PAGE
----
In the middle of a tumultuous controversy swirling around the Vatican ― in which a conservative, anti-gay archbishop and nemesis of Pope Francis called on him to resign ― the pope made a bizarre and concerning statement, which the Vatican has now attempted to walk back.
On his way back from a trip to Ireland, marred by renewed allegations that the Church hierarchy was guilty of covering up clerical sex abuse, Francis was asked by a reporter what advice he would have for a father whose child came out as gay.
Francis first responded that the father should pray, and went on to say that he shouldn’t shun the child.
“Don’t condemn,” he is reported to have said. “Dialogue. Understand, give the child space so he or she can express themselves.”
That was a good first response, and it’s what American media accounts focused on. But buried or omitted from those accounts ― yet focused on a great deal in European media ― was the pope’s second statement.
As reported by The Guardian, the pope said: “When it shows itself from childhood, there is a lot that can be done through psychiatry, to see how things are. It is something else if it shows itself after 20 years,” and adding that ignoring a child who showed “homosexual tendencies” was an “error of fatherhood or motherhood.”
LGBTQ and human rights groups in Europe condemned the statements.
“He is basically saying that young gay people can be changed, which is archaic and has been refuted numerous times,” said Colm O’Gorman, executive director of Amnesty International in Ireland.
When the Vatican later published the transcript of the exchange, they erased the reference to psychiatry.
Asked by Agence France Press why the comment had been removed, a Vatican spokeswoman responded: “When the pope referred to ‘psychiatry,’ it is clear that he was doing it to highlight an example of ‘things that can be done.’ But with that word he didn’t mean to say that [homosexuality] was a ‘mental illness.’”
It’s possible that the pope, under attack by anti-LGBTQ forces in the church, was trying to placate them a bit, but then realized he went too far and tried to rein in the statement. Whatever the case, underscoring that homosexuality is not a mental illness was an important first step in trying to explain the pope’s statement.
The Vatican statement in fact only seems to be doubling down on the idea that homosexuality can and should somehow be suppressed.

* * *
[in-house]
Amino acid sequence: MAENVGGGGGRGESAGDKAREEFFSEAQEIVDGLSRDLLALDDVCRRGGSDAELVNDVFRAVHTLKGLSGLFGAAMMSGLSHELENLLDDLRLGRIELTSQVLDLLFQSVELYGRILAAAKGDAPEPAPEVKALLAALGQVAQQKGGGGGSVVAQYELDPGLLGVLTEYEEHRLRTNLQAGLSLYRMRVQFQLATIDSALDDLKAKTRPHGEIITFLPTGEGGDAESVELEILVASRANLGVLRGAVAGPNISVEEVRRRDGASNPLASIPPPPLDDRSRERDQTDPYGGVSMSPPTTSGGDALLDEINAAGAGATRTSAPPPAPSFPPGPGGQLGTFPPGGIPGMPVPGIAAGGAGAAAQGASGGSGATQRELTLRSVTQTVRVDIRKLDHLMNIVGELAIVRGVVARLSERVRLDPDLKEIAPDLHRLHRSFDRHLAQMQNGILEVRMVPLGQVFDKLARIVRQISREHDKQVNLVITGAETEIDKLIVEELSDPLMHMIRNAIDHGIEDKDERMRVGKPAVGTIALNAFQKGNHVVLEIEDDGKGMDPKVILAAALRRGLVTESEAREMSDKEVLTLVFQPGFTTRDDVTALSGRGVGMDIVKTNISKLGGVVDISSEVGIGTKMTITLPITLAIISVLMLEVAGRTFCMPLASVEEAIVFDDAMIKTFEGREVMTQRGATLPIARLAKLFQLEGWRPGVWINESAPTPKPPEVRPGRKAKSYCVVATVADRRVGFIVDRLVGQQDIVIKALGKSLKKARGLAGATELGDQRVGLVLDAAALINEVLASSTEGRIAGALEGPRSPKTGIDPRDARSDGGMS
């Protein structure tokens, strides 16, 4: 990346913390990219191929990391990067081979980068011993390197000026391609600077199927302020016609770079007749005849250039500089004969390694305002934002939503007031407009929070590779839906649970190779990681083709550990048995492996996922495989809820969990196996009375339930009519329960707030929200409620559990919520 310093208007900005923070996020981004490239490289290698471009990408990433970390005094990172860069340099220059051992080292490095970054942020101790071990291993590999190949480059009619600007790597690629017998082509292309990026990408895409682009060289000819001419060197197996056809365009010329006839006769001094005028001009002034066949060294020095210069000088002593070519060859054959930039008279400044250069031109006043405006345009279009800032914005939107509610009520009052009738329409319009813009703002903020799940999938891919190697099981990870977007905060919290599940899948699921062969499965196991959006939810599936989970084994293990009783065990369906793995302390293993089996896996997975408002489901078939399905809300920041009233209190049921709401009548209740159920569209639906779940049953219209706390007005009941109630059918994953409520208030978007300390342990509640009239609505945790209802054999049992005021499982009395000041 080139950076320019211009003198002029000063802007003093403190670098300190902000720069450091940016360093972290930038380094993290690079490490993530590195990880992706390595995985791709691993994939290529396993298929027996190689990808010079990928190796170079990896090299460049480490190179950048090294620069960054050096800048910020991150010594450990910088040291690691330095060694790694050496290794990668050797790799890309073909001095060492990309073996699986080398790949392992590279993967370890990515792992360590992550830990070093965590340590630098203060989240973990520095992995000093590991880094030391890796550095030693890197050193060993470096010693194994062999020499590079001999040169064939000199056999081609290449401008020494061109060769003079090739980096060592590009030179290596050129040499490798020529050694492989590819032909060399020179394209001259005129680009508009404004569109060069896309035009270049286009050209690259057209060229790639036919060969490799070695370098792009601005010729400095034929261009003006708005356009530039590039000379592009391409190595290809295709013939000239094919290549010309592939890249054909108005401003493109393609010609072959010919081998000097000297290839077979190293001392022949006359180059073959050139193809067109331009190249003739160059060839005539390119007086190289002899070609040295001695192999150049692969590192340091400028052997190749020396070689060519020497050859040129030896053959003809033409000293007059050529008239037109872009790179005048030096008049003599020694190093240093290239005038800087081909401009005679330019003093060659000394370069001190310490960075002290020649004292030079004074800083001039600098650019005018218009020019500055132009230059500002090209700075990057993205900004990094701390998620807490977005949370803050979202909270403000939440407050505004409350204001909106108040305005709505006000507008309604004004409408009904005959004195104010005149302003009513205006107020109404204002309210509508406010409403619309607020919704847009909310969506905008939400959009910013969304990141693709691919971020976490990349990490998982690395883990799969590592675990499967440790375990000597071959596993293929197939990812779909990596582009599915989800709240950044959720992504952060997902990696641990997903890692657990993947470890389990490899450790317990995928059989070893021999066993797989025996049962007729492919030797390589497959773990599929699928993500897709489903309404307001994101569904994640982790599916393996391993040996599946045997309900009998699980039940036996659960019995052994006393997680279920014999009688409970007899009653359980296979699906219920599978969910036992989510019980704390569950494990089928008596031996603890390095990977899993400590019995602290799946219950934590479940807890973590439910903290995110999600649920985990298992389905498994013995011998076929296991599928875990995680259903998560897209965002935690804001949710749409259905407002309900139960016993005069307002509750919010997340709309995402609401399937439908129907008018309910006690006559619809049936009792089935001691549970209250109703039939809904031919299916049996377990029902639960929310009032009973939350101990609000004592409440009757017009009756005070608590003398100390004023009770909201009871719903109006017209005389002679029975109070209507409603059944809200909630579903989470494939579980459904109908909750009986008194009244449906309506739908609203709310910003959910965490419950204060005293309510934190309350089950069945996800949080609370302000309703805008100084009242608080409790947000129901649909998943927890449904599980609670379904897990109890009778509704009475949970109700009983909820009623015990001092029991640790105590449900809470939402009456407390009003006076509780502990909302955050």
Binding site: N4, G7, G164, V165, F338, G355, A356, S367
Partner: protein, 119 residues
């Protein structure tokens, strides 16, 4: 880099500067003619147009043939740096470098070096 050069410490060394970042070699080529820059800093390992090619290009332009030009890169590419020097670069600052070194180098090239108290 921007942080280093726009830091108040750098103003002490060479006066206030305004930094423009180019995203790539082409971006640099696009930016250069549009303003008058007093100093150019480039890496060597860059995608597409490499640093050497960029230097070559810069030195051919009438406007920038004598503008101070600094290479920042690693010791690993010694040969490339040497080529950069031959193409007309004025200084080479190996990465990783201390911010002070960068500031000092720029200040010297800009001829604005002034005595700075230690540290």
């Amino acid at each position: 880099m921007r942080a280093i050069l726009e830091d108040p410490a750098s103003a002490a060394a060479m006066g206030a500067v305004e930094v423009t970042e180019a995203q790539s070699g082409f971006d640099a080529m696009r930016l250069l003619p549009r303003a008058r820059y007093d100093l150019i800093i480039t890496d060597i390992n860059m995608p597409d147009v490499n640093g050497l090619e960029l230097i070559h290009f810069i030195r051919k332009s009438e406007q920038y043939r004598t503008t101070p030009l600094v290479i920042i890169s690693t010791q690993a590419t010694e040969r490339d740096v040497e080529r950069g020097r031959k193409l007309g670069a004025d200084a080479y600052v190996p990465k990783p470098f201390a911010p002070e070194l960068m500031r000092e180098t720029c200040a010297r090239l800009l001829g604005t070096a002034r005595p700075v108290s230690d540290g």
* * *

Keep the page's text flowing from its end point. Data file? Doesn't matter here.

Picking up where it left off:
But the clarification itself only further muddles the issue and doesn’t explain what the pope meant by his reference to psychiatry. Does he mean a psychiatrist can help a gay child come to terms with being queer? Why, then, shouldn’t that be the case for someone who comes out 20 years later? In a homophobic world, people may benefit from professional help in coming out no matter what age they are.
By claiming that the pope was highlighting an example of “things that can be done,” the Vatican statement in fact only seems to be doubling down on the idea that homosexuality can and should somehow be suppressed ― even if it is not a “mental illness.”
That actually sums up the Catholic Church’s official position on the issue: Those who are gay may or may not be gay by nature, but they should do whatever they can to not act on their sexual and emotional desires. The Catechism, right there on the Vatican’s website, notes “the psychological genesis” of homosexuality “remains largely unexplained.” But it nonetheless describes “homosexual acts as acts of grave depravity.”
When Francis said a few years back that if someone is gay, “Who am I to judge?” it was not inconsistent with that theology. A person can be struggling with something, trying hard to suppress it and still not be judged ― even if what they’re struggling with is viewed as something destructive. “Love the sinner, hate the sin,” goes back quite far in the church.
Francis had been lauded for that statement but it still didn’t come close to embracing LGBTQ people as normal, natural and healthy.
With this new statement, and with the Vatican trying to walk it back without fully explaining it, it’s clear that Francis and the Catholic Church have been trying to have it both ways. Even giving remote legitimacy to the idea that homosexuality can be controlled in children if discerned early ― which is nothing short of supporting “ex-gay” conversion or reparative therapy ― should be enormously troubling to all.
Michelangelo Signorile is an editor-at-large for HuffPost. Follow him on Twitter at @msignorile.